Yoshi Tsukiko Bedroom Headboard May 22nd, 2018 - 10:05:07
Set the tone. The boho pattern of this headboard works with the stenciled pattern on the walls a geometric rug and stripes in a combination that’s colorful and pretty. Borrow the idea of a winged headboard like this one to create a super-comfy spot for bedtime reading.
Headboard history. The pictorial history of the headboard starts with the Egyptian pharaohs. Headboards carved in ebony silver and gold (clearly more for show than comfort) are depicted in many early drawings. Next were the Greeks and Romans. More practical in their approach they designed a basic wooden platform with a headboard to protect themselves from cold drafts. The headboard allowed them to eat and even socialize around the bed making the bedroom the main entertaining area in the home.
Keep illuminating company. Who needs bedside lights? Do away with extraneous objects entirely by choosing a supermodern headboard with built-in illumination — the ultimate luxury for a minimalist sleeping space.
Double up. The headboard in this room does sterling work as a display shelf as well as drawing the eye to the bed. With a white background the stylized design complements the crisp white of the bed linen and the overall look is chic and modern. Adding lighting to a solid headboard like this is a real space saver when there’s no room for bedside tables and lamps on both sides.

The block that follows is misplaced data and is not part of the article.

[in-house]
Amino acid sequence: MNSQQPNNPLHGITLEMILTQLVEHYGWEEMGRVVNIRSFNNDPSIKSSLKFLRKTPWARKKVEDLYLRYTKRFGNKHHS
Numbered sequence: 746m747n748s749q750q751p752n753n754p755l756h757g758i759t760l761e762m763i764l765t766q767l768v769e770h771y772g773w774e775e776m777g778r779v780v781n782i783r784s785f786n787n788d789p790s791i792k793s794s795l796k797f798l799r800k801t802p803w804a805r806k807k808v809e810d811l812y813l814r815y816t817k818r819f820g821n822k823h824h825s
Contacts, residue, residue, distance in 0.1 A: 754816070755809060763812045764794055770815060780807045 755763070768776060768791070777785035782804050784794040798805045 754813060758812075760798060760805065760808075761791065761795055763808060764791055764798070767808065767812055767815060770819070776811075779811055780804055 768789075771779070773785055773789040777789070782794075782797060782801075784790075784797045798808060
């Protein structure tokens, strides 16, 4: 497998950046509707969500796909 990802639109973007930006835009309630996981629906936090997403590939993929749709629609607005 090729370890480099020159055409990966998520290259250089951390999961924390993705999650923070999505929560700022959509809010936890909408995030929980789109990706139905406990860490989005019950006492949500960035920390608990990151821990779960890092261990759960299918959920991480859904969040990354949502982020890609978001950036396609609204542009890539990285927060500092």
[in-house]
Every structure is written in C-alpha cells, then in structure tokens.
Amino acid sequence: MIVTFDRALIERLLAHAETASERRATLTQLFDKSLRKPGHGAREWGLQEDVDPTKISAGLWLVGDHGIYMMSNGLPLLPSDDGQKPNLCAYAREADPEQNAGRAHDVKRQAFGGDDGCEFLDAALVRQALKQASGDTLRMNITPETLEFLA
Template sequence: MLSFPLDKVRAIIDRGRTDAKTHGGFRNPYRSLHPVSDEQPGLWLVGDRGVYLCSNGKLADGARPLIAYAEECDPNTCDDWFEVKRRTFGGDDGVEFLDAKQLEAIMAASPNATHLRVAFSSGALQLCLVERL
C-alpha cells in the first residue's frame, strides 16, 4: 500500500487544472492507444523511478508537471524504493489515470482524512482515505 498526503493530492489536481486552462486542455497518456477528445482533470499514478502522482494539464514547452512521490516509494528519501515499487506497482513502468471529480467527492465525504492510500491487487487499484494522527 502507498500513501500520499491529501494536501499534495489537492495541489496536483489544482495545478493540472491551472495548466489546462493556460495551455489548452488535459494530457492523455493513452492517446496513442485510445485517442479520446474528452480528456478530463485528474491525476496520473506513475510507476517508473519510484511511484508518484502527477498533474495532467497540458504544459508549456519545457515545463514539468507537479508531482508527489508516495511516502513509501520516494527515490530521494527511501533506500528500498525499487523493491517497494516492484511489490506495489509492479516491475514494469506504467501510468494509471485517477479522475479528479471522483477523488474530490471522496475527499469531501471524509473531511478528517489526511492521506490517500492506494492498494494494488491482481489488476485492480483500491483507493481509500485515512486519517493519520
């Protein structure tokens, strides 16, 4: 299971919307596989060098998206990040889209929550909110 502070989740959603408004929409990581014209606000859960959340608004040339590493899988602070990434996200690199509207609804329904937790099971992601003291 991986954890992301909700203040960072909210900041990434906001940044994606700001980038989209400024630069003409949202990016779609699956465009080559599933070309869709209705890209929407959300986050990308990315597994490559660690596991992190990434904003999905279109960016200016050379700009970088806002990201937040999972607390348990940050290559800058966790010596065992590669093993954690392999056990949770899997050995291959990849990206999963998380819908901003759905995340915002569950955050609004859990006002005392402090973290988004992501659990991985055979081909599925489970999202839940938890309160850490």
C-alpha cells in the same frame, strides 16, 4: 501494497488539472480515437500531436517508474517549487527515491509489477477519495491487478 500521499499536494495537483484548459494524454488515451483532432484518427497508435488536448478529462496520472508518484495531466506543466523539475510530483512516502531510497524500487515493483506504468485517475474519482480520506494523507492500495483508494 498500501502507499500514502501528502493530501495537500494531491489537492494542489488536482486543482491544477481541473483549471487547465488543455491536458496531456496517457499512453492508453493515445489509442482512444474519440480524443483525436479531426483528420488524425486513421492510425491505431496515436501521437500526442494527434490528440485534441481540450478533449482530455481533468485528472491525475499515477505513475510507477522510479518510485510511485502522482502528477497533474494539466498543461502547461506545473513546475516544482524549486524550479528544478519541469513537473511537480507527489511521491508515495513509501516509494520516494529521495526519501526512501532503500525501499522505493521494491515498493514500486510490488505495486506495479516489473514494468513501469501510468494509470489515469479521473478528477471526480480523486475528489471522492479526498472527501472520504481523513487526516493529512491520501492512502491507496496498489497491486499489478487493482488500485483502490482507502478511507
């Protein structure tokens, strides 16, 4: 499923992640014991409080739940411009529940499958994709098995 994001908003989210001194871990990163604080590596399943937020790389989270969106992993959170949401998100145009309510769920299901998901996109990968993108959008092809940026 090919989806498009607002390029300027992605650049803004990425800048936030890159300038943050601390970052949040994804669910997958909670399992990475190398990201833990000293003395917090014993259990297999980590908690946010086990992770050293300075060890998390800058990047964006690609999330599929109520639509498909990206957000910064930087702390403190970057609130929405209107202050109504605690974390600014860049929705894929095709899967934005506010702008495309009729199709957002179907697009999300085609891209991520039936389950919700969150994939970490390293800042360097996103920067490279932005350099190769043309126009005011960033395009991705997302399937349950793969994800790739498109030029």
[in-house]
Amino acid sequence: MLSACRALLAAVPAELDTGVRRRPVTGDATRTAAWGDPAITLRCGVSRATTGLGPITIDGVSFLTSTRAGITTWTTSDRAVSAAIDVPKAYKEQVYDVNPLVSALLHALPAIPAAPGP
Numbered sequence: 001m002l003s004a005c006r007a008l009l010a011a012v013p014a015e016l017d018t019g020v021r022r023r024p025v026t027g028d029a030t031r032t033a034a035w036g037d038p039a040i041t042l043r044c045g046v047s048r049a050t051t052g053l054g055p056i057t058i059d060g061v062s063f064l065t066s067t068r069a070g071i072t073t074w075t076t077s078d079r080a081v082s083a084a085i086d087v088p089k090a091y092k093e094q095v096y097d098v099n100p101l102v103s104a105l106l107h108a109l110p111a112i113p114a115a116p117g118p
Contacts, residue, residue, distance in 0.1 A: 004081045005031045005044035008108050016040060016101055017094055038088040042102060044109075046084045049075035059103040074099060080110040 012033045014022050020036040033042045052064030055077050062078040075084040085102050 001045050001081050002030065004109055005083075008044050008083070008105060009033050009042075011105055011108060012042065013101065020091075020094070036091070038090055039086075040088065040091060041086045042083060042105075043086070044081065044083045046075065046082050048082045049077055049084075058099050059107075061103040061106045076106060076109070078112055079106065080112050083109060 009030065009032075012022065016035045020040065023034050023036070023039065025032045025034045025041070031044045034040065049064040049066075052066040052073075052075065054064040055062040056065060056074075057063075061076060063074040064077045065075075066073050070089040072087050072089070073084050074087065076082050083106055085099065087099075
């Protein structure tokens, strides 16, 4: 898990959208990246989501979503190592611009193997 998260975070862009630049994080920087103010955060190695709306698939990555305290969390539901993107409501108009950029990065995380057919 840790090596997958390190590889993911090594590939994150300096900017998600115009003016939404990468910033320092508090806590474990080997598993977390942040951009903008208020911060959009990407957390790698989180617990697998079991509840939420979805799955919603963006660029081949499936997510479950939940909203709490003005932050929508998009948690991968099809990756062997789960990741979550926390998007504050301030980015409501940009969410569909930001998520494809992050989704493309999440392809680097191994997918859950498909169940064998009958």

Stay sharp. This room turns the pairing of floral headboard and geometric pillows on its head with painterly blooms on the pillows and a tailored design on the headboard. In a warm color the headboard ensures that the room is a cozy haven without compromising the smartness of the design. Want to make a high-ceilinged room feel warmer? Follow this room’s lead with a cocooning dark neutral for the walls. With crisp white for the ceiling and molding the period features are still noticeable.
Be size-wise. A headboard doesn’t have to be sized to the bed alone. This version extends beyond to create a backdrop for the bedside tables. Follow this room’s lead with simple graphic images above intricate upholstery to avoid visual overload.